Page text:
4. Take the initiative.

Be a problem solver. Everyone loves the guy who figures out how to tap the keg a lot more than the ten guys standing around waiting for someone else to do it. Listen to what people are complaining about and try and find a solution. If your solution is valid and useful to the majority, people will share it with their friends. And, just like that, everyone wants to know you, you’re an instant celebrity for the night.

5. Focus on the cool kids

It’s not worth spending all night trying to get the shy guy in the corner to like you. If you impress the rock star in the room, more people will be listening when he says good things about you. Identify influential people in the social media circles you’re interested in, find out as much as you can about them, and impress them with content that’s interesting and relevant to them. Leveraging the social status of others is just as important in social media as it is at a party, if not more.

6. Don’t pick fights

If someone wants to challenge you, be the bigger man. The internet is filled with trolls and disgruntled customers and sooner or later one of them will get you in their sights. Much like a thug at a party, there are no hard and fast rules for dealing with these people. The best thing to do is swallow your pride, apologise and try and reason with them. But think before you speak. You don’t want to end up in an eleven-inch sub debacle. And remember, if things get really nasty you can always report them to the site’s administrator… or tell your mum.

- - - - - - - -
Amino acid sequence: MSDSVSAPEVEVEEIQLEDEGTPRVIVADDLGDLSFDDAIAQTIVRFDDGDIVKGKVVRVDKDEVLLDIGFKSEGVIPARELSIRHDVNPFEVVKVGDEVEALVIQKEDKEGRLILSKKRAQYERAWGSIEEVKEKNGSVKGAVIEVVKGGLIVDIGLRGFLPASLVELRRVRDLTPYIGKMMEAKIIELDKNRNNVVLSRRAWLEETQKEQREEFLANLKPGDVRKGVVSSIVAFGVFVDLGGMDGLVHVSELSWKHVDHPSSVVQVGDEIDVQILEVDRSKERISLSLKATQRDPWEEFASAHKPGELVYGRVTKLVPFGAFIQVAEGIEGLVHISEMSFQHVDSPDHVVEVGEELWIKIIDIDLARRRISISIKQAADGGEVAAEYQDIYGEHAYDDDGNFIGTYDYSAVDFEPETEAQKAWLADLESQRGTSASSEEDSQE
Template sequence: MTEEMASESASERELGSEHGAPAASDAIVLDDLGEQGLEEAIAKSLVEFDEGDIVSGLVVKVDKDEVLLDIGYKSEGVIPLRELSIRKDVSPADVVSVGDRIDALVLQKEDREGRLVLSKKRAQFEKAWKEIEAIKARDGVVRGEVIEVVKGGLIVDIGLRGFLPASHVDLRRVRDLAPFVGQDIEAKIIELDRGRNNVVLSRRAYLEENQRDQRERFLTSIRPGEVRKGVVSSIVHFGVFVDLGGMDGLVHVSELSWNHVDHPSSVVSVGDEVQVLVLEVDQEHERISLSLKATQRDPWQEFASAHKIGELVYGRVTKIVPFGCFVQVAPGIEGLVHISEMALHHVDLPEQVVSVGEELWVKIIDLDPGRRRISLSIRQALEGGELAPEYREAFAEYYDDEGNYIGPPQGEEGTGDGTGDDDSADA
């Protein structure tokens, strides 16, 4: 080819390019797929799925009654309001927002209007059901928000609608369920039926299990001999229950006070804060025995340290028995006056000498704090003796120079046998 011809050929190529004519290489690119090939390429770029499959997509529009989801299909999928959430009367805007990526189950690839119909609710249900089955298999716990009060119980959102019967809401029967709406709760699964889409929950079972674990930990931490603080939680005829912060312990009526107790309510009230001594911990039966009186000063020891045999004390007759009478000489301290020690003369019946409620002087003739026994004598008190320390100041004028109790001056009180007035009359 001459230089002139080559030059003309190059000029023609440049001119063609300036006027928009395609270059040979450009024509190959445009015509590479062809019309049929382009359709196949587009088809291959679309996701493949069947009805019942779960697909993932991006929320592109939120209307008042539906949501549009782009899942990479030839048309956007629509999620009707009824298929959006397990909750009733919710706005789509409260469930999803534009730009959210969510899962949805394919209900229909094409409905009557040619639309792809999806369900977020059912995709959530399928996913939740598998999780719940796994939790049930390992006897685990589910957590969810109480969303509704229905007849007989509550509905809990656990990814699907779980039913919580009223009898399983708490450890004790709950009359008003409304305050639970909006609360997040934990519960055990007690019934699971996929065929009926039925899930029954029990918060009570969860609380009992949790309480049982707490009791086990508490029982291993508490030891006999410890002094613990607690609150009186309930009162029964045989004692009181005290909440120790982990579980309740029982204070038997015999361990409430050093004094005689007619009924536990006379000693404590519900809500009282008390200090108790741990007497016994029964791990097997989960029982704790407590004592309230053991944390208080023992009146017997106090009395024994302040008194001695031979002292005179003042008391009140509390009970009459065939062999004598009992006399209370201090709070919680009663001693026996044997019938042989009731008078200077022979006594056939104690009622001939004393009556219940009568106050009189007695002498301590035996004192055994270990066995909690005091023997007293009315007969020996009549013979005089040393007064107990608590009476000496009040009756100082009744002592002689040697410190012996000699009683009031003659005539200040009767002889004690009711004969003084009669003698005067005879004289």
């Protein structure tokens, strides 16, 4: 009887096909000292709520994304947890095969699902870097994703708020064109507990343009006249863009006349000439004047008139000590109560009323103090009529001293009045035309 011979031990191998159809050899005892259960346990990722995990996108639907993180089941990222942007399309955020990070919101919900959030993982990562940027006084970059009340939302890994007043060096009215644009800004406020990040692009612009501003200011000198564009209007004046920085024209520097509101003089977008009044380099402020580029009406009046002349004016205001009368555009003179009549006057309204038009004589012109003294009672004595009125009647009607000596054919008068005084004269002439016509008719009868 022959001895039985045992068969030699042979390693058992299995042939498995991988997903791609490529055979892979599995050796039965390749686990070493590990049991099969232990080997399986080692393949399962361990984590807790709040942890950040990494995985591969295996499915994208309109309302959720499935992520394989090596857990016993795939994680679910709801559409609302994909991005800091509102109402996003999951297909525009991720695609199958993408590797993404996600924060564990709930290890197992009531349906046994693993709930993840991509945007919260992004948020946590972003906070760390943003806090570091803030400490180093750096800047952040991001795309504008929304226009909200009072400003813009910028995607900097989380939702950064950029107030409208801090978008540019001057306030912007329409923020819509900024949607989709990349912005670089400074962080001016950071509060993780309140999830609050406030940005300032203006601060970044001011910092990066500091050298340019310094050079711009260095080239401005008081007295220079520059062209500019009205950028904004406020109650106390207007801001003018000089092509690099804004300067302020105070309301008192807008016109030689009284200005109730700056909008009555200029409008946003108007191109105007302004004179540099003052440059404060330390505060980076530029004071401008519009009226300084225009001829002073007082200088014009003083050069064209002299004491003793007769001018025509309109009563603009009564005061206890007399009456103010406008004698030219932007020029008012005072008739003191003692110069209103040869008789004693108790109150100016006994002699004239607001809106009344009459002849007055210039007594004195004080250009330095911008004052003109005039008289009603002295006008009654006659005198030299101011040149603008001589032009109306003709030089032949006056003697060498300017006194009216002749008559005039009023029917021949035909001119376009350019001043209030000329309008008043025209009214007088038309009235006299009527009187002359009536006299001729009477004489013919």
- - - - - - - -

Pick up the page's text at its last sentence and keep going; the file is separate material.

7. Don’t be a salesman

Being given a hard sell by someone you follow online is the equivalent of your best mate whipping out his Amway catalogue over a beer. Don’t interrupt people to sell them something. It doesn’t work at a party and it wont work online. And, if you are going to interrupt someone’s fun, make sure its something they’re interested in, not a shameless sales pitch. ‘Guys, just a heads up. The free booze has almost run out’.

8. Don’t beg for likes or shares

It’s desperate and pathetic. It’s the equivalent of saying “Hey, do you mind telling all your friends over there how cool I am?” A few might take the bait, but they’re the bottom feeders of the party anyway. So when they tell everyone how great you are, it’s probably going to make you look more a loser than a hero. Focus on telling great stories and impressing people. Compelling content will be liked, retweeted and shared without your instruction.

There are plenty of parallels between social media and house parties but these are a good place to start. Marketing in this bold new media is all about people. Real people, not Facebook accounts or Twitter handles. So just remember the golden rule: Don’t be a dick. Other than that, just try to have fun and enjoy your night.

Craig Baker is a digital strategist  at OBM Melbourne.